Regularly drinking more than the recommended UK guidelines for alcohol could take years off your life, according to new research from the University of Cambridge. Part-funded by the British Heart Foundation, the study shows that drinking more alcohol is associated with a higher risk of stroke, fatal aneurysm, heart failure and death.
The study compared the health and drinking habits of over 600,000 people in 19 countries worldwide and controlled for age, smoking, history of diabetes, level of education and occupation.
The upper safe limit of drinking was about five drinks per week (100g of pure alcohol, 12.5 units or just over five pints of 4% ABV beer or five 175ml glasses of 13% ABV wine). However, drinking above this limit was linked with lower life expectancy. For example, having 10 or more drinks per week was linked with one to two years shorter life expectancy. Having 18 drinks or more per week was linked with four to five years shorter life expectancy.
The research, published in the Lancet, supports the UK’s recently lowered guidelines, which since 2016 recommend both men and women should drink no more than 14 units of alcohol each week. This equates to around six pints of beer or six glasses of wine a week.
However, the worldwide study carries implications for countries across the world, where alcohol guidelines vary substantially.
The researchers also looked at the association between alcohol consumption and different types of cardiovascular disease. Alcohol consumption was associated with a higher risk of stroke, heart failure, fatal aortic aneurysms, fatal hypertensive disease and heart failure and there were no clear thresholds where drinking less did not have a benefit.
By contrast, alcohol consumption was associated with a slightly lower risk of non-fatal heart attacks.
The authors note that the different relationships between alcohol intake and various types of cardiovascular disease may relate to alcohol’s elevating effects on blood pressure and on factors related to elevated high-density lipoprotein cholesterol (HDL-C) (also known as ‘good’ cholesterol). They stress that the lower risk of non-fatal heart attack must be considered in the context of the increased risk of several other serious and often fatal cardiovascular diseases.
The study focused on current drinkers to reduce the risk of bias caused by those who abstain from alcohol due to poor health. However, the study used self-reported alcohol consumption and relied on observational data, so no firm conclusions can me made about cause and effect. The study did not look at the effect of alcohol consumption over the life-course or account for people who may have reduced their consumption due to health complications.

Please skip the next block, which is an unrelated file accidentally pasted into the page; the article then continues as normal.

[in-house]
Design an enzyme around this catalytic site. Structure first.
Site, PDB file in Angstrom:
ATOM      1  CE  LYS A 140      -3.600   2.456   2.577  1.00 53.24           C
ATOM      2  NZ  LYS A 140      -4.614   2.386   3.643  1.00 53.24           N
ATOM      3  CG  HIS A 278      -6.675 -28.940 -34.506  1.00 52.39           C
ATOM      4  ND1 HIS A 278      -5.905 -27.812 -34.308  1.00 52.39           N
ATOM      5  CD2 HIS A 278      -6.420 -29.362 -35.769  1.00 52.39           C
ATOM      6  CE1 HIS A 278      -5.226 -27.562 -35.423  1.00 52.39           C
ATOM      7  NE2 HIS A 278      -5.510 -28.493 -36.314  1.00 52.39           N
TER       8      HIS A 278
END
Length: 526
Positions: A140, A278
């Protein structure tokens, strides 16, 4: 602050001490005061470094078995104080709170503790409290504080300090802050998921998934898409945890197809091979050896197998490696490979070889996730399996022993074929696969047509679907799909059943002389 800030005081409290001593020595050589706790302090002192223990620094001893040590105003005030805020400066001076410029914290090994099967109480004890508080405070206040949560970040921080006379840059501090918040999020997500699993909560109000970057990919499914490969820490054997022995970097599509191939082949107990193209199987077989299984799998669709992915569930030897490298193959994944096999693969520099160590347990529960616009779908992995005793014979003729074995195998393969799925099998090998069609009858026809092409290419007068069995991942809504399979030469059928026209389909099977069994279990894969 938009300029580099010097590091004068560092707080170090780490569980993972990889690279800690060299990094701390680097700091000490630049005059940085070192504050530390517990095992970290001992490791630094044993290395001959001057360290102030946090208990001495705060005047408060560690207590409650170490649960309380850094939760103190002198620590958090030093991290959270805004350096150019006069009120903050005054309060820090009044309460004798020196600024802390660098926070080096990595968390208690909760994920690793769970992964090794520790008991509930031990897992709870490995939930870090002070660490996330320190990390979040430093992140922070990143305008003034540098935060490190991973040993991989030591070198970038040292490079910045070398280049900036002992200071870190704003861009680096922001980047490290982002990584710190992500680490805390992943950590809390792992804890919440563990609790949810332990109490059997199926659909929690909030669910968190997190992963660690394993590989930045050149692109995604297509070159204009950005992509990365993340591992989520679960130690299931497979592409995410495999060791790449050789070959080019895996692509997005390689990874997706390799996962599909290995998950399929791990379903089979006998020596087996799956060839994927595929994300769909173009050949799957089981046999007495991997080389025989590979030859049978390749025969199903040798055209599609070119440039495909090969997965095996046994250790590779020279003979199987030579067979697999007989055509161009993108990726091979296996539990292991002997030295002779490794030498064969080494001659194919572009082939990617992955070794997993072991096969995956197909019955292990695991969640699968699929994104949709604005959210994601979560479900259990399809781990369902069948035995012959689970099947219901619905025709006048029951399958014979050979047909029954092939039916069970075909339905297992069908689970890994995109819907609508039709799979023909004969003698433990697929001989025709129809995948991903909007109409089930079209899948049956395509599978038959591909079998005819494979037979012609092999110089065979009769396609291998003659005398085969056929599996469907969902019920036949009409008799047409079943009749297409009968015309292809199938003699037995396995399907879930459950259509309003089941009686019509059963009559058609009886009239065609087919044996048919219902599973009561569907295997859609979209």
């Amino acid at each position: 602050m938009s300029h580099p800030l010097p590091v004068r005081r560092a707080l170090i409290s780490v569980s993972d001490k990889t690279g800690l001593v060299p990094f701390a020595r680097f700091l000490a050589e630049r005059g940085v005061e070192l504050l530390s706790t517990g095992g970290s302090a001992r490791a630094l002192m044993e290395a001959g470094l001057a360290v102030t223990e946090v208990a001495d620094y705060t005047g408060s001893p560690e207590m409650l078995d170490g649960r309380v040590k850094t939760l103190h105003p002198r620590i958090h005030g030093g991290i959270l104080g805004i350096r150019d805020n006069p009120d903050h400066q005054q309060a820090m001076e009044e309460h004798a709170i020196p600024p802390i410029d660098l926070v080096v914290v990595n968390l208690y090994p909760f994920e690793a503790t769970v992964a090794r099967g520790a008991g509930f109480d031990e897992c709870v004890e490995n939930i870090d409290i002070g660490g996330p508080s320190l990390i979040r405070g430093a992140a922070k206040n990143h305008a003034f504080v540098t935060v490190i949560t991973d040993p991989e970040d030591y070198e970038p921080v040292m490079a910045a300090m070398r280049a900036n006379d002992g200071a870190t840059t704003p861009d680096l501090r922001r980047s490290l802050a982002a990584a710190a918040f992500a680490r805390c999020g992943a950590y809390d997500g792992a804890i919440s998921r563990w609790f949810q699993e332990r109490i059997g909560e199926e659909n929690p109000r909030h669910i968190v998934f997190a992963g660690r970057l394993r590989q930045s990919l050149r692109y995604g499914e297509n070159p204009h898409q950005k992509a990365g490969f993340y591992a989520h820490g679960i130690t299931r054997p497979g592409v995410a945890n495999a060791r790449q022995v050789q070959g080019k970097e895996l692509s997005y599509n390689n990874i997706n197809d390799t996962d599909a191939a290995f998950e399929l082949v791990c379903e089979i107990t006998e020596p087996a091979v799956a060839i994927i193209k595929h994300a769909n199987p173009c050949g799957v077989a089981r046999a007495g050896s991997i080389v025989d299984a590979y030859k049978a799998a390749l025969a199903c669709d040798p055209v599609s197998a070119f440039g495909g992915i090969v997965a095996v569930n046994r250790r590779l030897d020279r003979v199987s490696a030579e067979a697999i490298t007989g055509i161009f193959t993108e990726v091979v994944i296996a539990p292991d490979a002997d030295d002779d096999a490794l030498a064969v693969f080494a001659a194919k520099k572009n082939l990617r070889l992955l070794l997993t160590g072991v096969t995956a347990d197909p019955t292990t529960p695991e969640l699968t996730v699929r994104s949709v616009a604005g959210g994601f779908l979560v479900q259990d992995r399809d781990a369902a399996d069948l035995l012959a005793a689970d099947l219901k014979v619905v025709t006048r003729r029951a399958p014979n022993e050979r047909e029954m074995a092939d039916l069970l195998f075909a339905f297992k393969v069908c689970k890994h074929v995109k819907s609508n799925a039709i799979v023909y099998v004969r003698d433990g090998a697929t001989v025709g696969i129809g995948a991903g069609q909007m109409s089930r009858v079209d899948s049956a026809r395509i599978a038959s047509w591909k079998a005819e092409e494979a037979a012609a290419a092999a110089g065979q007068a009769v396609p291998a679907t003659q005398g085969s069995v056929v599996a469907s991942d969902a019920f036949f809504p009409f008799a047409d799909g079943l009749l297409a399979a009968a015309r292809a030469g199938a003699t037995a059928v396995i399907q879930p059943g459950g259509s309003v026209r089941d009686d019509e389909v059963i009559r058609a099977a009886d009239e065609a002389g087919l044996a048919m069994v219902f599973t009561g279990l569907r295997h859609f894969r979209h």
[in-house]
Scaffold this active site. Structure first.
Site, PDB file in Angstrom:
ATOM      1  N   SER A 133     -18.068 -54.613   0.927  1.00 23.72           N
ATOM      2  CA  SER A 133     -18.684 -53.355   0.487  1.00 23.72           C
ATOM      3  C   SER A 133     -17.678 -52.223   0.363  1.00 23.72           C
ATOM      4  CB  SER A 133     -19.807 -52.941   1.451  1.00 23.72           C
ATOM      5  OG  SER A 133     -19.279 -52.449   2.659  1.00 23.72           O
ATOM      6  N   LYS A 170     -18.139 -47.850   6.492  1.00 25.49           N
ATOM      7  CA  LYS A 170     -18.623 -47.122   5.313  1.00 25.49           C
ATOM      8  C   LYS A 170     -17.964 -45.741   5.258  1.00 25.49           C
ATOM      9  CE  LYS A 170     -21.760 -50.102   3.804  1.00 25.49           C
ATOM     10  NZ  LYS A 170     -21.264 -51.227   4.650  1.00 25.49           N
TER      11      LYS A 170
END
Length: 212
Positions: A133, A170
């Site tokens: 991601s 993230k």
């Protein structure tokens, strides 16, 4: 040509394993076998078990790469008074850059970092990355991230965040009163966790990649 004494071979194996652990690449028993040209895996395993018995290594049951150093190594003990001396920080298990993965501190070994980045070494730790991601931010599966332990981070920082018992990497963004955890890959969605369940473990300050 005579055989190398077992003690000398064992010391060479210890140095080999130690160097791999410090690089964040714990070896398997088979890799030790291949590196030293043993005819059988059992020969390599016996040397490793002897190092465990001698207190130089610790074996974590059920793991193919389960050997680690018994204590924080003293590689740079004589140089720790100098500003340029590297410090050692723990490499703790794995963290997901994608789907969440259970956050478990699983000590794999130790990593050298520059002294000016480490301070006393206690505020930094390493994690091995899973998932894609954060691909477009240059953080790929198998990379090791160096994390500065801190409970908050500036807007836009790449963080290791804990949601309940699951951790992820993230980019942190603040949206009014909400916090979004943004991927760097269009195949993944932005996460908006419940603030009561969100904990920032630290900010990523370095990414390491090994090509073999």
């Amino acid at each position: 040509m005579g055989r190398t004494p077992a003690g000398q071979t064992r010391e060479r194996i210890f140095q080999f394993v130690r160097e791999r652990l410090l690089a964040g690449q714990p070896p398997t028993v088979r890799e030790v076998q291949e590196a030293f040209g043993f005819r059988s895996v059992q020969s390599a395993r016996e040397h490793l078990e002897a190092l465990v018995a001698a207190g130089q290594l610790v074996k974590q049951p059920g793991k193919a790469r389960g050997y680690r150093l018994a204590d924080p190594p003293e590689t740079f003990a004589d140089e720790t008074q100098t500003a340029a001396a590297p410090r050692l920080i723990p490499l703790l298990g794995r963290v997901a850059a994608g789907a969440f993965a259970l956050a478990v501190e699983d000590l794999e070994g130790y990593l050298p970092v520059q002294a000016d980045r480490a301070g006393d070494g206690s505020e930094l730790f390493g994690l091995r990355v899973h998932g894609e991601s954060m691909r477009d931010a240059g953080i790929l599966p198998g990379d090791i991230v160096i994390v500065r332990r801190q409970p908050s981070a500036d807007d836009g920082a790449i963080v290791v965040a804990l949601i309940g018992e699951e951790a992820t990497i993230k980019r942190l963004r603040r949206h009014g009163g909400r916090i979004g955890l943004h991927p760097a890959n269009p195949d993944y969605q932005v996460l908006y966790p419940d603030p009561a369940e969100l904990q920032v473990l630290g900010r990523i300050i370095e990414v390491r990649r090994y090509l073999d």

Dr Angela Wood, from the University of Cambridge, lead author of the study said: “If you already drink alcohol, drinking less may help you live longer and lower your risk of several cardiovascular conditions.
“Alcohol consumption is associated with a slightly lower risk of non-fatal heart attacks but this must be balanced against the higher risk associated with other serious – and potentially fatal – cardiovascular diseases.”
Commenting on the study James Calder, Head of Communications at the Society of Independent Brewers (SIBA) said;
“This study completely overlooks the well documented health benefits light to moderate enjoyment of alcohol brings. The incidence of Type II diabetes, coronary heart disease, haemorrhagic stroke, pancreatitis, osteoporosis, macular degeneration and gall bladder disease are just some of the conditions that are lower in sensible drinkers. The mental and social benefits of enjoying alcohol sensibly are also overlooked. We have 40 years of research, which shows light to moderate drinking equals improved cognitive function and memory in ageing as well as reduced chance of vascular dementia. What about the simple, social, improvements to quality of life that being in a pub or taproom with your friends and family regularly brings to our wellbeing?”
“The well known J shaped relationship between alcohol consumption and mortality shows that with light to moderate consumption, your relative risk of total mortality drops significantly when compared to teetotallers.”
“Sadly we live in an era where those in the temperance and health movements refuse to accept the facts: that sensible alcohol consumption has health benefits and that adults should be informed to make their own choices, not nannied into submission.”